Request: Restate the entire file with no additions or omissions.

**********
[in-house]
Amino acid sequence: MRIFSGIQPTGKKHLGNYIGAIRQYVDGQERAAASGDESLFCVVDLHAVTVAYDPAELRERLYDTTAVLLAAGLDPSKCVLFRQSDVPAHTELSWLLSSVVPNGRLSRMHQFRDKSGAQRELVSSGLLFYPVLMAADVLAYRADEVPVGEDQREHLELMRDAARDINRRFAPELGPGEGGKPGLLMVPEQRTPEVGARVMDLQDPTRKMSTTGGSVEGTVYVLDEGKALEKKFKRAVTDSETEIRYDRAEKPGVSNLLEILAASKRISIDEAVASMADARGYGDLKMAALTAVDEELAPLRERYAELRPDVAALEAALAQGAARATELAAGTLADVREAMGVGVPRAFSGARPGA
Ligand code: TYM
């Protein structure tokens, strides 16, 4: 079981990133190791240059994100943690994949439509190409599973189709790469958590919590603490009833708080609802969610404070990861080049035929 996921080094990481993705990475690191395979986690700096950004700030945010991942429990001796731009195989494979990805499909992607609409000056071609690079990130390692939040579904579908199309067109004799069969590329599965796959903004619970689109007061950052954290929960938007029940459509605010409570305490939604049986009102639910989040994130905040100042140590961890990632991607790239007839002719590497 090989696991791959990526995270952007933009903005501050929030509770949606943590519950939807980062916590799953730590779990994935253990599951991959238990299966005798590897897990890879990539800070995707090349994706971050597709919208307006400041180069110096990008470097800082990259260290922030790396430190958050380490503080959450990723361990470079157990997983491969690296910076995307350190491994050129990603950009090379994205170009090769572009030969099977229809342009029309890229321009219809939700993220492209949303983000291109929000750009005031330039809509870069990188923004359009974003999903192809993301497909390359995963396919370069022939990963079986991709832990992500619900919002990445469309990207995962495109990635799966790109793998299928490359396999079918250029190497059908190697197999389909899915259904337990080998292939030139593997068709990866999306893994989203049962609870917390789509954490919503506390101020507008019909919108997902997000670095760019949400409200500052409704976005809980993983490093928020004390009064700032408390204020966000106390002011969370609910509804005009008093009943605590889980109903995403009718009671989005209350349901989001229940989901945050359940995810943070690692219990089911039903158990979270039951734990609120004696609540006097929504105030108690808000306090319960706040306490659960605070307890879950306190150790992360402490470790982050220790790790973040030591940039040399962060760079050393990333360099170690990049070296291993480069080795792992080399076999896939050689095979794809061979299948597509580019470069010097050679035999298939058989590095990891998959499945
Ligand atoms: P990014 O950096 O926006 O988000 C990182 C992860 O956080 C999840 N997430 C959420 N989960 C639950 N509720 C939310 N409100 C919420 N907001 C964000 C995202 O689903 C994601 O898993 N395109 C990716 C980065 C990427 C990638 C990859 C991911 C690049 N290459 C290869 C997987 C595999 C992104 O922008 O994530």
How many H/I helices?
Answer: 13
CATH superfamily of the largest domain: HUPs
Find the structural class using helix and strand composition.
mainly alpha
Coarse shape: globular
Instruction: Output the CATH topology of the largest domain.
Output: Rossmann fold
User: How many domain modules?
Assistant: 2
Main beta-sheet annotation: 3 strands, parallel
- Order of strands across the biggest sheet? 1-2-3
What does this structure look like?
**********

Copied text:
[in-house]
Amino acid sequence: MRIFSGIQPTGKKHLGNYIGAIRQYVDGQERAAASGDESLFCVVDLHAVTVAYDPAELRERLYDTTAVLLAAGLDPSKCVLFRQSDVPAHTELSWLLSSVVPNGRLSRMHQFRDKSGAQRELVSSGLLFYPVLMAADVLAYRADEVPVGEDQREHLELMRDAARDINRRFAPELGPGEGGKPGLLMVPEQRTPEVGARVMDLQDPTRKMSTTGGSVEGTVYVLDEGKALEKKFKRAVTDSETEIRYDRAEKPGVSNLLEILAASKRISIDEAVASMADARGYGDLKMAALTAVDEELAPLRERYAELRPDVAALEAALAQGAARATELAAGTLADVREAMGVGVPRAFSGARPGA
Ligand code: TYM
């Protein structure tokens, strides 16, 4: 079981990133190791240059994100943690994949439509190409599973189709790469958590919590603490009833708080609802969610404070990861080049035929 996921080094990481993705990475690191395979986690700096950004700030945010991942429990001796731009195989494979990805499909992607609409000056071609690079990130390692939040579904579908199309067109004799069969590329599965796959903004619970689109007061950052954290929960938007029940459509605010409570305490939604049986009102639910989040994130905040100042140590961890990632991607790239007839002719590497 090989696991791959990526995270952007933009903005501050929030509770949606943590519950939807980062916590799953730590779990994935253990599951991959238990299966005798590897897990890879990539800070995707090349994706971050597709919208307006400041180069110096990008470097800082990259260290922030790396430190958050380490503080959450990723361990470079157990997983491969690296910076995307350190491994050129990603950009090379994205170009090769572009030969099977229809342009029309890229321009219809939700993220492209949303983000291109929000750009005031330039809509870069990188923004359009974003999903192809993301497909390359995963396919370069022939990963079986991709832990992500619900919002990445469309990207995962495109990635799966790109793998299928490359396999079918250029190497059908190697197999389909899915259904337990080998292939030139593997068709990866999306893994989203049962609870917390789509954490919503506390101020507008019909919108997902997000670095760019949400409200500052409704976005809980993983490093928020004390009064700032408390204020966000106390002011969370609910509804005009008093009943605590889980109903995403009718009671989005209350349901989001229940989901945050359940995810943070690692219990089911039903158990979270039951734990609120004696609540006097929504105030108690808000306090319960706040306490659960605070307890879950306190150790992360402490470790982050220790790790973040030591940039040399962060760079050393990333360099170690990049070296291993480069080795792992080399076999896939050689095979794809061979299948597509580019470069010097050679035999298939058989590095990891998959499945
Ligand atoms: P990014 O950096 O926006 O988000 C990182 C992860 O956080 C999840 N997430 C959420 N989960 C639950 N509720 C939310 N409100 C919420 N907001 C964000 C995202 O689903 C994601 O898993 N395109 C990716 C980065 C990427 C990638 C990859 C991911 C690049 N290459 C290869 C997987 C595999 C992104 O922008 O994530």
How many H/I helices?
Answer: 13
CATH superfamily of the largest domain: HUPs
Find the structural class using helix and strand composition.
mainly alpha
Coarse shape: globular
Instruction: Output the CATH topology of the largest domain.
Output: Rossmann fold
User: How many domain modules?
Assistant: 2
Main beta-sheet annotation: 3 strands, parallel
- Order of strands across the biggest sheet? 1-2-3
What does this structure look like?